Some employers are much more conscientious about compiling statistics than others, but it must be assumed that the actual total figure could be considerably higher, whilst the subtotal of severe injuries is likely to be fairly accurate, simply because of all the paperwork needed when someone needs to be paid statutory sick pay or other sums.
Slips, Trips and Other Disasters
Slips and trips are the cause of well over half of all workplace injuries but actually are well down the pecking order when it comes to time lost after the incident. People tend to have longer off work when they have hurt themselves when lifting, handling or carrying something and this is quite understandable really. A slip can just give you a nasty fright and a bruise. A back injury can disable you for life and both happen in an instant.
The difference is of course that everyone can have intensive training to prevent back injuries but an accidental slip could happen to anyone. Also, as far as the statistics go, there is a seasonal difference in the frequency of slips and falls. Apparently, or so the good people at the Health and Safety Executive tell us, you are more likely to slip on ice in the winter. You learn something every day!
It is perhaps a sad indictment of the times we live in that violence in the workplace is so prevalent. There were 643,000 incidents of work related violence in the last reporting period. To save you going back to check, yes, that is just 3,000 less than the number of accidents and injuries! Of these, half were assaults resulting in injury and half were threats, with many of the victims being assaulted or threatened at least twice. Perhaps understandably, the highest incidence of this kind of workplace injury is among people working in protective services, health and education, all scenarios in which feelings can run high.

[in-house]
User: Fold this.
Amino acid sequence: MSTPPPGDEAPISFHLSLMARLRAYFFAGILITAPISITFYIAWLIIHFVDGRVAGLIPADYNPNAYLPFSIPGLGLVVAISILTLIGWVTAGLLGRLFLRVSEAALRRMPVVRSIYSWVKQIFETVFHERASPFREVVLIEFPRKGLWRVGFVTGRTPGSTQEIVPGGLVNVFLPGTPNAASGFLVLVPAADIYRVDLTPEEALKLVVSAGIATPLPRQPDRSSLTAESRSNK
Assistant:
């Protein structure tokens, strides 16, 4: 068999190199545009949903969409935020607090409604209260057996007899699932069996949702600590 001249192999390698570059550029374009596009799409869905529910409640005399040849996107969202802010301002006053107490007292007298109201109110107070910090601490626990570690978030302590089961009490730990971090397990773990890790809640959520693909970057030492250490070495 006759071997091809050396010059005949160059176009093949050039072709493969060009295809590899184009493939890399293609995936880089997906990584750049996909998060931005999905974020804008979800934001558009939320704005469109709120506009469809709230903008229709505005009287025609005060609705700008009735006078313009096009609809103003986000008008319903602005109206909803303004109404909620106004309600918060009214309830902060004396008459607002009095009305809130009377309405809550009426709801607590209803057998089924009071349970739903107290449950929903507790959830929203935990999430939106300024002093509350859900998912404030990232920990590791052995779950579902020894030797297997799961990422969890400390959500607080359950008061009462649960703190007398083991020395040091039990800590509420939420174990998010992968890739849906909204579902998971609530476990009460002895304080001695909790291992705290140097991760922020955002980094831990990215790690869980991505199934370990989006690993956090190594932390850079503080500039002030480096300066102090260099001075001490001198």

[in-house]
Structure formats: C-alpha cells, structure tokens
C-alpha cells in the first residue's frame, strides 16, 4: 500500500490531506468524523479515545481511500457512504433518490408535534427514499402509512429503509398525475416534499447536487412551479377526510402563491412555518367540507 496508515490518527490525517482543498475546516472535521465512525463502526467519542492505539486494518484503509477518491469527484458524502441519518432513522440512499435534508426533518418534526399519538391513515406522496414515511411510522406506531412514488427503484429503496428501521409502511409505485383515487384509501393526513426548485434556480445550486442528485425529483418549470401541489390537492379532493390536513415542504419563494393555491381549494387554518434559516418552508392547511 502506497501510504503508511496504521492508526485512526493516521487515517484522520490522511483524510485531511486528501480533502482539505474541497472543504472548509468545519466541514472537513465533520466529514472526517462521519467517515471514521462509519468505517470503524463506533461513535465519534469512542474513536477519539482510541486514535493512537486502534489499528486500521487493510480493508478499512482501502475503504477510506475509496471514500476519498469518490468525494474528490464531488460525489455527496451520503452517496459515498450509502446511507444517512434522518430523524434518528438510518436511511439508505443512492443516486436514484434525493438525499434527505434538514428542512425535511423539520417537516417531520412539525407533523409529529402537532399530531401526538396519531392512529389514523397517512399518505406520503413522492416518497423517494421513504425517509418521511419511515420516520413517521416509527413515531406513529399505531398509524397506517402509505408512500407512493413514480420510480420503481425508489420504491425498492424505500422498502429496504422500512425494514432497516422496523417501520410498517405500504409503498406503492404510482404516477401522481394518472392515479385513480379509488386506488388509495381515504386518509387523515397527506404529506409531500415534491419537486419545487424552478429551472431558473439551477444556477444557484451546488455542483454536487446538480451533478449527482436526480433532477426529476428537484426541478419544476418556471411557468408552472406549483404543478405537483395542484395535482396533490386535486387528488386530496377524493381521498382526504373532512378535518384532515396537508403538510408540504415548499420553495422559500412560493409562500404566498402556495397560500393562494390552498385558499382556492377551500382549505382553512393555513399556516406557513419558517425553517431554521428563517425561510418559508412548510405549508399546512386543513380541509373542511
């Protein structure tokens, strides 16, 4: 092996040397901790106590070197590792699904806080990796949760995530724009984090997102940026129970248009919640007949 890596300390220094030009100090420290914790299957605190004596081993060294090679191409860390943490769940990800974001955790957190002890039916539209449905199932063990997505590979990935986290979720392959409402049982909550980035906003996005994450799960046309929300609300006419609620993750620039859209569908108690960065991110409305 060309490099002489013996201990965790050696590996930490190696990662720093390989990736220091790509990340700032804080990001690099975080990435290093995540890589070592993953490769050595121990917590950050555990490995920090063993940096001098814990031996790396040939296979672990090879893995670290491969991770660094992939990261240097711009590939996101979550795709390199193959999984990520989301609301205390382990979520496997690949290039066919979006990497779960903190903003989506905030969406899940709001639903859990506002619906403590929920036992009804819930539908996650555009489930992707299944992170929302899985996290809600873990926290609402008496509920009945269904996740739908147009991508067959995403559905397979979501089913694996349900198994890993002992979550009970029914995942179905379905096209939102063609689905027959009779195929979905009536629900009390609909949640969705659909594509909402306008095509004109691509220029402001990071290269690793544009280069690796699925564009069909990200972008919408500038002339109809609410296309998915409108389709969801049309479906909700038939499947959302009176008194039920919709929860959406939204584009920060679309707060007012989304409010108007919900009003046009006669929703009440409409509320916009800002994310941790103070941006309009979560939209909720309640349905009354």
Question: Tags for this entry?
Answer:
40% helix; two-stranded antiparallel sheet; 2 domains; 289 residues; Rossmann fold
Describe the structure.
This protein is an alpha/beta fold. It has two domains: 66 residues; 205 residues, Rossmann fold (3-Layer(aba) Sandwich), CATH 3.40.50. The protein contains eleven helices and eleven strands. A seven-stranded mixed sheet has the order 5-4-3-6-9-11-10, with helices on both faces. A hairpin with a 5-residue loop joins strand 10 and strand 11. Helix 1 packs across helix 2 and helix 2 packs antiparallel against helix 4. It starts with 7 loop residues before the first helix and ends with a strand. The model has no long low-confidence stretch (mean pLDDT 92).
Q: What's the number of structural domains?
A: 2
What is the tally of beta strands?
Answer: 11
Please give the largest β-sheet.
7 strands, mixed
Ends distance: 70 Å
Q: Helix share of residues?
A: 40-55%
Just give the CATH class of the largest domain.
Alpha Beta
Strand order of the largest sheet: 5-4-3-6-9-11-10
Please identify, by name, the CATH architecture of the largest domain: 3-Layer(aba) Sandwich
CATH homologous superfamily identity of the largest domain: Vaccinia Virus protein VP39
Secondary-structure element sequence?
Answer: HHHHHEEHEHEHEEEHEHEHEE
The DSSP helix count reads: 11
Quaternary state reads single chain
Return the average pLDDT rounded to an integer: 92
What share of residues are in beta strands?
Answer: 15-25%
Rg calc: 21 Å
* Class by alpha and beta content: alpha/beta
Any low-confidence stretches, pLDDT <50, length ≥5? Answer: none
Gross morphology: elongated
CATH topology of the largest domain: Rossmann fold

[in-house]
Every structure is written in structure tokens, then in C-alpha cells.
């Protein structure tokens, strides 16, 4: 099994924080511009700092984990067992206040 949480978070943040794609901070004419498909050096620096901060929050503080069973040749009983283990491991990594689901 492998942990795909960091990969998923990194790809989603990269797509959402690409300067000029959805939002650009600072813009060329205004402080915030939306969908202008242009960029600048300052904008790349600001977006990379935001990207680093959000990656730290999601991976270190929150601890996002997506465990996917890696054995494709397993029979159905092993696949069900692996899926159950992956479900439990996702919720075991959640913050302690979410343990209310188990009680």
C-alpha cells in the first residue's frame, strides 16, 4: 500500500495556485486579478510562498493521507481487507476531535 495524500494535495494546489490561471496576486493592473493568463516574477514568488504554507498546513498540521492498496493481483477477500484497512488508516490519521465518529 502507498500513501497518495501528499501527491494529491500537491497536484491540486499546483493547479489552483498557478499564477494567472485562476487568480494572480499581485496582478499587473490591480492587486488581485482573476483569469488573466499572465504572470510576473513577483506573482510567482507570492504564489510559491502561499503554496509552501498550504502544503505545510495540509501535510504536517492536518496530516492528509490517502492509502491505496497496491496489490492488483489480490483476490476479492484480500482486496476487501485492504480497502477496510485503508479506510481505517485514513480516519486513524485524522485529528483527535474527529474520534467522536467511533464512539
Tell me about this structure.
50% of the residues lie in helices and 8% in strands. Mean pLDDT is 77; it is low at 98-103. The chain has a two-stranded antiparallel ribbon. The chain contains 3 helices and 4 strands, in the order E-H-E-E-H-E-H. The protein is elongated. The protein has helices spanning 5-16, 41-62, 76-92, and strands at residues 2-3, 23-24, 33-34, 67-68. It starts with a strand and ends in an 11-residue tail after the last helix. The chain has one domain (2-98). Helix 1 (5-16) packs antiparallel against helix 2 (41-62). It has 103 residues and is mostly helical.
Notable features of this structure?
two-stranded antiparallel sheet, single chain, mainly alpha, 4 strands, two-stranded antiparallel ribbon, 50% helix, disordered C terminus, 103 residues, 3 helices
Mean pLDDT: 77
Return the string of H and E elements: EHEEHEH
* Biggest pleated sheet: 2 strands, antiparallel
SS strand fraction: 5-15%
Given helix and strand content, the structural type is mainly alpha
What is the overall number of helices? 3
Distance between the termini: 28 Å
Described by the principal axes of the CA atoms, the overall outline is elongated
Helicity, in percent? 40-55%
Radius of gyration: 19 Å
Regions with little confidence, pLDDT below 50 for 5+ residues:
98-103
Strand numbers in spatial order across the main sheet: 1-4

Alcohol and drug abuse was a definite factor in many cases and in almost half the cases, the perpetrator was known to the victim. The better news in this rather unpleasant statistic is that injuries are usually slight but there is a substantial number of cases – expressed as 12% which equates to well over seventy thousand people, the physical and psychological trauma is classed as being possibly permanent and life-changing in both the long and short term.
Working can be hazardous, there’s no doubt about it. Obviously there are huge variations between occupations when it comes to the likelihood of being killed or seriously injured at work with jobs in the construction industry, agriculture and manufacturing being far more dangerous than, say, working in Sock Shop. That said, everyone in any job needs to be aware of the responsibilities that they have for others’ safety and all employers have to ensure that their staff are properly trained in health and safety at work.
Employers must also carry employers’ liability insurance for all their staff and anyone who is worried about any aspect of their safety at work should approach their employer in the first instance and if they don’t get the answers they need, they should contact the Health and Safety Executive to get further help and advice. All categories of injury at work are becoming less frequent year on year and although it is clearly never going to reach zero, everyone should work together to see how low they can go.
Andrew Murphy writes for Boss Training, a health and safety training company based in Leeds and loves music and football.